ROVA | Preston Bradley Hall, Chicago Cultural Center | Jazz | Chicago Reader

ROVA Free All Ages Soundboard Recommended Critics' Picks

When: Tue., March 16, 7 p.m. 2010

Now in its fourth decade, ROVA is a bona fide institution: one of the first saxophone quartets in improvised music and almost certainly the longest-running, this San Francisco group has served as model and inspiration for innumerable like-minded ensembles. Jon Raskin, Larry Ochs, Bruce Ackley, and Steve Adams (who replaced Andrew Voigt in the late 80s) have developed a distinctive ROVA idiom, which combines advanced jazz language and elaborate contrapuntal architecture and draws on influences as varied as contemporary classical, postbop, and free jazz. Many of the group's recordings have had unifying themes: The Mirror World was explicitly inspired by the work of experimental filmmaker Stan Brakhage, and two separate albums have interpreted John Coltrane's Ascension. ROVA has increasingly collaborated with outside artists, from Russian free-jazz combo the Ganelin Trio to modern composer Alvin Curran, and sometimes expands into a big band called the OrkestROVA; the quartet has also joined the Nels Cline Singers to become the Celestial Septet, which just released its first album on New World. Raskin, ROVA's baritone-sax specialist, wrote all the music on 2007's The Juke Box Suite (Not Two), evoking a global collection of styles ranging from Brazilian choro to Detroit rock, but the group's instrumentation and approach make everything sound like ROVA first and foremost. "Juke Box Mambo," for example, abstracts the jumpy, syncopated rhythms of mambo into a popping, skeletal horn line, and mellows its brassy punch into something flowing and lyrical. As usual, the tunes rely on complex arrangements rather than glib vamps, and their steady development gives each soloist plenty to work with. Tonight the members of ROVA join four local improvisers—cellist Fred Lonberg-Holm, electronicist Lou Mallozzi, guitarist Julia Miller (on multispeaker MIDI guitar), and bassist Jason Roebke—for two sets of free and structured improvisations. See also Wednesday. —Peter Margasak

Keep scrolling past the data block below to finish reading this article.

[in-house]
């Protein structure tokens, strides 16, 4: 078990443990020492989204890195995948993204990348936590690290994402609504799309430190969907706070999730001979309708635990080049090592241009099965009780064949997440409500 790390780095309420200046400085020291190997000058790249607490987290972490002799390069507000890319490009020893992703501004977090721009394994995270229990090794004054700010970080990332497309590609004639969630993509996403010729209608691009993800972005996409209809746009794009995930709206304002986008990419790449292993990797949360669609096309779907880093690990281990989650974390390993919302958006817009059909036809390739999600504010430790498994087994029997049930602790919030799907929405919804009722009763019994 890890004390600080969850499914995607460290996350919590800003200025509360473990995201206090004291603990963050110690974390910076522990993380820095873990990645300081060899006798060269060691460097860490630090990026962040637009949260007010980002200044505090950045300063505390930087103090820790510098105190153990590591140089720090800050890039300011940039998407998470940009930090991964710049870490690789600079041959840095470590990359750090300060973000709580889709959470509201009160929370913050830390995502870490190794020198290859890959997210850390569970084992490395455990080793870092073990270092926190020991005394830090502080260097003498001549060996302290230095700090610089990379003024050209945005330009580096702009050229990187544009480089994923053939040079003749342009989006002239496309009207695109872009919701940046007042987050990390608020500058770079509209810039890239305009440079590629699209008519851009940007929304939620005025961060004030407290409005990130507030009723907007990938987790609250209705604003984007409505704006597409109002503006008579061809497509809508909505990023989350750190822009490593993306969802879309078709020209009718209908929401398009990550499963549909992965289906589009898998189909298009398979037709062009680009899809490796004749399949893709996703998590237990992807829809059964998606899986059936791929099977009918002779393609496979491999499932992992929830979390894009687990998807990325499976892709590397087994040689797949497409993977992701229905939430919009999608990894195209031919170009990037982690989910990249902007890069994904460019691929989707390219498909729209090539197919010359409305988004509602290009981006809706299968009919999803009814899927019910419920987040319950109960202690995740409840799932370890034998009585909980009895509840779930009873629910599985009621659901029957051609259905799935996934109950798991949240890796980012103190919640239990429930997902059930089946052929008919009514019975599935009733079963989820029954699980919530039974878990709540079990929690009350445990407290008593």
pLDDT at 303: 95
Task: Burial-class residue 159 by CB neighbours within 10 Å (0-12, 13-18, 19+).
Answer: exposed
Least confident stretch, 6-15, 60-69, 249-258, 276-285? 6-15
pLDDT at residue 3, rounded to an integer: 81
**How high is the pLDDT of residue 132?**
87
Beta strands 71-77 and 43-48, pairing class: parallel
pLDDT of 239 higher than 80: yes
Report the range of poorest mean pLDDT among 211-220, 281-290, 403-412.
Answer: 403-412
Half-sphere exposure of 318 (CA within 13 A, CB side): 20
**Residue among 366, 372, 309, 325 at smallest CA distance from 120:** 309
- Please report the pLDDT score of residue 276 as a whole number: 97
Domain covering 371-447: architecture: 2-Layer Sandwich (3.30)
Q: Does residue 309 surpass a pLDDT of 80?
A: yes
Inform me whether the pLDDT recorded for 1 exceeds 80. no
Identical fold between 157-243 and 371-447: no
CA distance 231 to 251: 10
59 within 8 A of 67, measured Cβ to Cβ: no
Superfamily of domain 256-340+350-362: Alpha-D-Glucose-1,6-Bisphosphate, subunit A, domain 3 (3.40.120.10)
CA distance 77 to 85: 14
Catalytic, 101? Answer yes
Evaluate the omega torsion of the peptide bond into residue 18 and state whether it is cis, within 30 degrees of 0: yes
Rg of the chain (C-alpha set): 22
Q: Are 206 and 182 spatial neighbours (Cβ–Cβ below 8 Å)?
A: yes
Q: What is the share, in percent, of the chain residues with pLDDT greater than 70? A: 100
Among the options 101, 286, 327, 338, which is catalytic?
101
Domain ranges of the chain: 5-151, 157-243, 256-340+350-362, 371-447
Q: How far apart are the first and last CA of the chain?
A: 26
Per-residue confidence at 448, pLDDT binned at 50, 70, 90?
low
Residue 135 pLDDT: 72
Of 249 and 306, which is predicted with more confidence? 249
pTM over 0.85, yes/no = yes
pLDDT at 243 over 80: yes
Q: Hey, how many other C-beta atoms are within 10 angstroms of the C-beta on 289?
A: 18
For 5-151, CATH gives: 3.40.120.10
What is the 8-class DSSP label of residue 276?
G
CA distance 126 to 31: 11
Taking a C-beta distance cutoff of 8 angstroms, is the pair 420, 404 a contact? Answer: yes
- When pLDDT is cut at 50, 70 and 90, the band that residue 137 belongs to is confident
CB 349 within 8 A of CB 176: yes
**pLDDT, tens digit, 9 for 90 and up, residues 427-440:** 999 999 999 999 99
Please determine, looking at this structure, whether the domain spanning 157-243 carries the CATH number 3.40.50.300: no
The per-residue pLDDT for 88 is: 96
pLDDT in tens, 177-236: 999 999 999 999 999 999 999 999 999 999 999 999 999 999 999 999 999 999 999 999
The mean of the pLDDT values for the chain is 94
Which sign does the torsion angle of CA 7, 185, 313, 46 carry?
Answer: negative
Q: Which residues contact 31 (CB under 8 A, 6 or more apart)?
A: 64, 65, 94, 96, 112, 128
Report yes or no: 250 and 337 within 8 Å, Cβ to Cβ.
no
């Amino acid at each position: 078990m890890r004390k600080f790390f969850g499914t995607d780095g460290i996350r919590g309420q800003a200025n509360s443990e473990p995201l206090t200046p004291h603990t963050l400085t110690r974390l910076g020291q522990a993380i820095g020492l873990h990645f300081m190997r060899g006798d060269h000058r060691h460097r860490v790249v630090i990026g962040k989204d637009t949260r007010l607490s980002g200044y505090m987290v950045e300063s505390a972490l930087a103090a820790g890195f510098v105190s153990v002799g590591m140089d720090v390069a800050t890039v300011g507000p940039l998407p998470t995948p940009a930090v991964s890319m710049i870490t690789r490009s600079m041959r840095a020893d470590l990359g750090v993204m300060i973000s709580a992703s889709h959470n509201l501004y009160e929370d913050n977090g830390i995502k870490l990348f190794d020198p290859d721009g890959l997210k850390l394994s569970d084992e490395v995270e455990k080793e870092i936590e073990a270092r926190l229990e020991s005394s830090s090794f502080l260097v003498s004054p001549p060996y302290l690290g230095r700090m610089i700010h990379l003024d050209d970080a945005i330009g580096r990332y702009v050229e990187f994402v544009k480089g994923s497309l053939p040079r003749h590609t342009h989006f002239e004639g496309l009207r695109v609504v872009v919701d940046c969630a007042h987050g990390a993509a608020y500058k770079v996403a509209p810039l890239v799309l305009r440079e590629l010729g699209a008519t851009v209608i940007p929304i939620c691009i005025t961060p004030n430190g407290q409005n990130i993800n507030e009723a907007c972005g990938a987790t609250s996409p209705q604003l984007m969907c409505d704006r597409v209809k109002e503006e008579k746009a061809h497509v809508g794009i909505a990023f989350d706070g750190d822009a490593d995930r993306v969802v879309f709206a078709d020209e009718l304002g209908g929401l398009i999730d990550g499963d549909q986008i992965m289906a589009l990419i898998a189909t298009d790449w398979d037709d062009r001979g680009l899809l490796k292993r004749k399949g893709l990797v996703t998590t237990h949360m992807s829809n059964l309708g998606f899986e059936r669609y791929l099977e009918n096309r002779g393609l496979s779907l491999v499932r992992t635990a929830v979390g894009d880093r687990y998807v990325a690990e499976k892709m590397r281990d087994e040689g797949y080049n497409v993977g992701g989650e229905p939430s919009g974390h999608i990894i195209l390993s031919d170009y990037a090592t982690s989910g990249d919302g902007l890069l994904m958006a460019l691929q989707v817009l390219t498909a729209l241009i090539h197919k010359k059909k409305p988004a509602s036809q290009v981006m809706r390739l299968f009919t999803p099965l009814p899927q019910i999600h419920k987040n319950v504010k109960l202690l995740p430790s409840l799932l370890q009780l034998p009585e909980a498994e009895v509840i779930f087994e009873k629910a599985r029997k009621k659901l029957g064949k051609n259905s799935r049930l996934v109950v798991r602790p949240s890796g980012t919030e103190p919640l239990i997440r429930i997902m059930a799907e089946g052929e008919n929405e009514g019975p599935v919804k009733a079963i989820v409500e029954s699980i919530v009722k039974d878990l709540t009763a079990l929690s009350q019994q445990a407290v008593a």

Price: free

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